Like any other Korean girl group, Red Velvet has had their fair share of cute pop music releases since their debut in 2014. With titles like ‘Really Bad Boy,’ ‘Peek-A-Boo’ and ‘Russian Roulette,’ it’s hard to imagine them being anything other than adorable. However, when watching their music videos, one might find themselves feeling slightly unnerved and scared.
‘Monster,’ a song released by their subunit, RV-IS, is thought to have been based on the classic Carmilla, a Gothic novella known to be one of the first in vampire fiction. Many suspected this after seeing parallels of the plot in the music video where Irene represents the female vampire Mircalla while Seulgi represents Laura, Mircalla’s victim. The theory is further confirmed by the accompaniment of Victorian fashion and Gothic architecture, which render the music video as a whole rather captivating and aesthetically pleasing. Fear isn’t a feeling that would plague you, but rather curiosity, as you try to understand the underlying (sexual) tension between Irene and Seulgi.
‘Russian Roulette’ is the complete opposite of ‘Monster’ visually. One will immediately notice the pastel colours and innocent appearance of the five members. The lyrics and melody give no indication that it’s a song about killing your friends in order to achieve your main goal: your potential lover’s heart. A person like myself didn’t even realise that the members were trying to hurt each other as I was distracted by the retro 8-bit sound and the memorable choreography. As one observes the video closely, it is easy to see that the girls are playing a game of cat and mouse with each other by Joy dropping a fridge on Seulgi, Yeri feeding the members nuts and bolts, or placing a sleeping Wendy in front of a charging car. The animation that parodies Tom and Jerry only helps to justify this. What’s most unsettling is the way the five girls stare at you with a stoic expression while lip-syncing the lyrics. It reminds me of The Conjuring where you have the musical box playing a sweet melody, only to find a ghost in the reflection of the mirror.
A song that acts as a balance between seduction and murder is ‘Peek-A-Boo.’ When one hears this phrase, it would bring to mind the wholesome game played with babies. Yet in this context, it means being blind and ignorant towards impending doom; as misfortune strikes, it comes as a surprise to the victim and they aren’t able to do anything about it. This is depicted in their music video where the five members lure in one of the many pizza boys they had kidnapped before. The unsuspecting delivery boy enjoys his time with the members and possibly falls in love with them, but as the night progresses, things get disturbing. He soon realises he needs to escape, but the girls prevent him from doing so and he faces the inevitable. In parallel with these scenes, the members practise with their weapons – axes, knives, bows and arrows – on each other, in preparation for what would unfold that same night. The unreadable stares make another appearance, and the general atmosphere of the video only accentuates the fear that builds up in the audience. It is said that the music video reminds people of B Horror Movies as well as novels such as The Beguiled and Picnic at Hanging Rock.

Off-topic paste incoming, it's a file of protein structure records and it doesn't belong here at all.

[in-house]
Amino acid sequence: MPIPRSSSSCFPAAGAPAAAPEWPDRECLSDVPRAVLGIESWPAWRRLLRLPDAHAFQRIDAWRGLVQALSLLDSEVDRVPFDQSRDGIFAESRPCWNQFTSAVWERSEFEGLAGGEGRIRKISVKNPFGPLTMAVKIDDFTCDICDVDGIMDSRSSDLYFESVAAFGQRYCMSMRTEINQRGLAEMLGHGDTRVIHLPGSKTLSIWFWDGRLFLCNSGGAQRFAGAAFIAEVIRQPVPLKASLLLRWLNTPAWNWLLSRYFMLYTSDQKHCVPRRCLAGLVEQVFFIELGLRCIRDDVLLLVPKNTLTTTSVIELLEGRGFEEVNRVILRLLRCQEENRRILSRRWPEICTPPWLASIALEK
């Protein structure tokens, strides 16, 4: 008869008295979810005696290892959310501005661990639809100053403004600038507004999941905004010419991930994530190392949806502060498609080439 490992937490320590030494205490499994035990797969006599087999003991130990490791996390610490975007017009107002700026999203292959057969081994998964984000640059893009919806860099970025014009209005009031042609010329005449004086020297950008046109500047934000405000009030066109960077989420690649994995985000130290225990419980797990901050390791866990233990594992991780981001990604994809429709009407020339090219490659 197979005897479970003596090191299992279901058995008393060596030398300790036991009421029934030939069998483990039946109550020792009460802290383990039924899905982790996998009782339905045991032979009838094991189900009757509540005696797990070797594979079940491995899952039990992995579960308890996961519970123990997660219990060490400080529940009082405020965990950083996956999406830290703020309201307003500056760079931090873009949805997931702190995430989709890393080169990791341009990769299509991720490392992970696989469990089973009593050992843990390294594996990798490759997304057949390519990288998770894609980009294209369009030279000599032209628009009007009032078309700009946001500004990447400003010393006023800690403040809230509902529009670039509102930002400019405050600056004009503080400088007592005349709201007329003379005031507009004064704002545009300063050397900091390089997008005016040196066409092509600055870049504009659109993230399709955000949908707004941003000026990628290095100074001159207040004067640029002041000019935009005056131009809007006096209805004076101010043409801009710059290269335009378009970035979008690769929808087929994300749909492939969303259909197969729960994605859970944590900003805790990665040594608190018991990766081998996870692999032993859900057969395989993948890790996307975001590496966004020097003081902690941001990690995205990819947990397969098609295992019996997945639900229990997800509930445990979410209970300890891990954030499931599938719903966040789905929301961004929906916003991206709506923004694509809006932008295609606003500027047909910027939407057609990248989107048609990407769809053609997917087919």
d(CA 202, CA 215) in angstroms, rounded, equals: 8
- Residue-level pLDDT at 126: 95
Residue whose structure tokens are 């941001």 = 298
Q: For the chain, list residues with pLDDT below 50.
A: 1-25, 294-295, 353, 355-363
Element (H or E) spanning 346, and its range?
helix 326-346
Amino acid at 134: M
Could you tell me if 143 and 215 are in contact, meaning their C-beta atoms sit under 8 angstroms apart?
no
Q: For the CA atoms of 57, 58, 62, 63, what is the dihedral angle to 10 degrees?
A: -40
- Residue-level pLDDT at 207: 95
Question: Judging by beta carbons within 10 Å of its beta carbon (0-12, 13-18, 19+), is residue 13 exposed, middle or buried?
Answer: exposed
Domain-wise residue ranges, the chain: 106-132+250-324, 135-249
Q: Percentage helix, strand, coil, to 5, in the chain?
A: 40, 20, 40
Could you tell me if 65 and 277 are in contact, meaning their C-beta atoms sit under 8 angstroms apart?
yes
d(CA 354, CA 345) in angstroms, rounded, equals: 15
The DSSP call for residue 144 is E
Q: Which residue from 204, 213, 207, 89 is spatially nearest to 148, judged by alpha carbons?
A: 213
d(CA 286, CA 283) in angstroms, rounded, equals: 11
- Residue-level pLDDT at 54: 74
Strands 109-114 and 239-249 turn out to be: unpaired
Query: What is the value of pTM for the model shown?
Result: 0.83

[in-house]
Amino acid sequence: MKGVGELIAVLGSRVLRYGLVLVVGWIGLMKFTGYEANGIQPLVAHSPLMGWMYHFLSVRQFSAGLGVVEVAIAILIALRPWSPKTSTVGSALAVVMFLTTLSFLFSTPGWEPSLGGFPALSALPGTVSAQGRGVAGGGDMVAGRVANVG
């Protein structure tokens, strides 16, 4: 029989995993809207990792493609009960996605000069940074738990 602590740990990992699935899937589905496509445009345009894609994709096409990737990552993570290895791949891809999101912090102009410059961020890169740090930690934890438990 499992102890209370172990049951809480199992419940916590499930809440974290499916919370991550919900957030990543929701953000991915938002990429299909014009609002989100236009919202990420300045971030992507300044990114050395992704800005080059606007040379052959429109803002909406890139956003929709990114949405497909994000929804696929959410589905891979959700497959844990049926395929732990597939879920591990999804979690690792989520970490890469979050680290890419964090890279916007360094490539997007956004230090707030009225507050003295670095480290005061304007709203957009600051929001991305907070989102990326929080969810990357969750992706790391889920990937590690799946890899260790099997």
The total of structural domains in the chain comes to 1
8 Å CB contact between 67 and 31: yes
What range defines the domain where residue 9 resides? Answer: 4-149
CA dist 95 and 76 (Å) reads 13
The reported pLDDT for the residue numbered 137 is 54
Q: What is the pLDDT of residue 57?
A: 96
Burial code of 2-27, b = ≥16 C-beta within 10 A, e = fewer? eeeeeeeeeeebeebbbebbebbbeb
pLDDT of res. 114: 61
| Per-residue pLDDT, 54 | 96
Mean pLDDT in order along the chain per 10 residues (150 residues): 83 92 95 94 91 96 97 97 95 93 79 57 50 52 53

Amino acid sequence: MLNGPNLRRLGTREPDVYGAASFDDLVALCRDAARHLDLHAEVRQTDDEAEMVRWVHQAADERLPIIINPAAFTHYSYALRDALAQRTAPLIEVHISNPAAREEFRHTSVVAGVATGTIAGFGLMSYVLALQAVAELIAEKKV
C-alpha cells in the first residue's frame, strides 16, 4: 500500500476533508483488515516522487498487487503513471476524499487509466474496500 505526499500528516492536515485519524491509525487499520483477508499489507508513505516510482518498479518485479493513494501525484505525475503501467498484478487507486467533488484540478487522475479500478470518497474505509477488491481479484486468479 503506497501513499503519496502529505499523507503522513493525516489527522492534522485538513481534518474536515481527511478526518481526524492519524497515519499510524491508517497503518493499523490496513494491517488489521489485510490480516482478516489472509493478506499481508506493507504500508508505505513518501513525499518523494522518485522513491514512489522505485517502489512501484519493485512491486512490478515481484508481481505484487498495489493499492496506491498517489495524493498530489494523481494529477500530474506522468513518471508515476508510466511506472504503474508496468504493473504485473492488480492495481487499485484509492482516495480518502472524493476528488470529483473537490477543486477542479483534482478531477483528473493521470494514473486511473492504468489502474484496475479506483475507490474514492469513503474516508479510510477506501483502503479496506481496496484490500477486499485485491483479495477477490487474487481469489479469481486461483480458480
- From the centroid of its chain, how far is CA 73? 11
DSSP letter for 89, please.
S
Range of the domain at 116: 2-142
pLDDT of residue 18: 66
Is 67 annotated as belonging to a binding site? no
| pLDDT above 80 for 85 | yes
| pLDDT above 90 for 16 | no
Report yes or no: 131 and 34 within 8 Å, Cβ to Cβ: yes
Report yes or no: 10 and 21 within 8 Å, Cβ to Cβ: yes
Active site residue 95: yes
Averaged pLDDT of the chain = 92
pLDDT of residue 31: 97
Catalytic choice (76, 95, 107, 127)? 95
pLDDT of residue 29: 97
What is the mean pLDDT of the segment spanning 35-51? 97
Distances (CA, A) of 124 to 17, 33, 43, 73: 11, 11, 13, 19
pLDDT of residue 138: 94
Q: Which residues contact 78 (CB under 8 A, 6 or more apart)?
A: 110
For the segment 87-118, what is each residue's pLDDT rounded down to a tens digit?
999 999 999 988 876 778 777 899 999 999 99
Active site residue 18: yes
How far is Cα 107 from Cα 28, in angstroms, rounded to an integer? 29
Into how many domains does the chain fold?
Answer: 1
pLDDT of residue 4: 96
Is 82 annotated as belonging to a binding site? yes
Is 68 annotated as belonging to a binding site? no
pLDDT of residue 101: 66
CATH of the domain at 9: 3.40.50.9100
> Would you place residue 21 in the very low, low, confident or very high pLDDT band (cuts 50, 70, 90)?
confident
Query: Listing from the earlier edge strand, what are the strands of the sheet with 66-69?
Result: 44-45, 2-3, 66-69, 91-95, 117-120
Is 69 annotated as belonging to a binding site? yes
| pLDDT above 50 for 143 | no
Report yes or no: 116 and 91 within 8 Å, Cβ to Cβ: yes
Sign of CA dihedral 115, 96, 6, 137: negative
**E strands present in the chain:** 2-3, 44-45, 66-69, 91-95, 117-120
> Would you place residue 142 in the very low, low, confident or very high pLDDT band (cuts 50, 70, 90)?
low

‘Really Bad Boy’ could be seen as a brighter and playful version of ‘Peek-A-Boo’. While it revolves around Halloween, it does not carry the same tension as the other songs do. Throughout the music video, the members are being chased by a werewolf, who is supposed to depict the ‘really bad boy.’ The locations are retro-inspired style rooms that, again, are an homage to B Horror Movies. There is even a reference to The Shining whereby Irene and Yeri portray the Grady twins who stand in the hallway of a hotel. Despite not being terrifying or chilling, it is definitely a song to add to the end of your Halloween playlist which will wrap the season up perfectly.
These are only a few of the many strange songs that Red Velvet have released in the last six years. Their songs should always be heard with their respective music videos, as it creates a nuanced effect that one can understand if they knew the purpose of the song. For example, ‘Rookie’ is about consuming drugs while being controlled by a puppeteer; ‘Red Flavor’ shows the girls interviewing fruits implying that they’re experiencing hallucinations (a possible side effect from the drugs in ‘Rookie’), and eventually turning into the fruits themselves; ‘Umpah Umpah’ encourages you to voluntarily drown. These unsuspecting titles will mislead you to think that they’re bubbly and lovely, when in fact, they’re beautiful and sinister. Take this as a lesson to never judge a book by its cover – especially with people.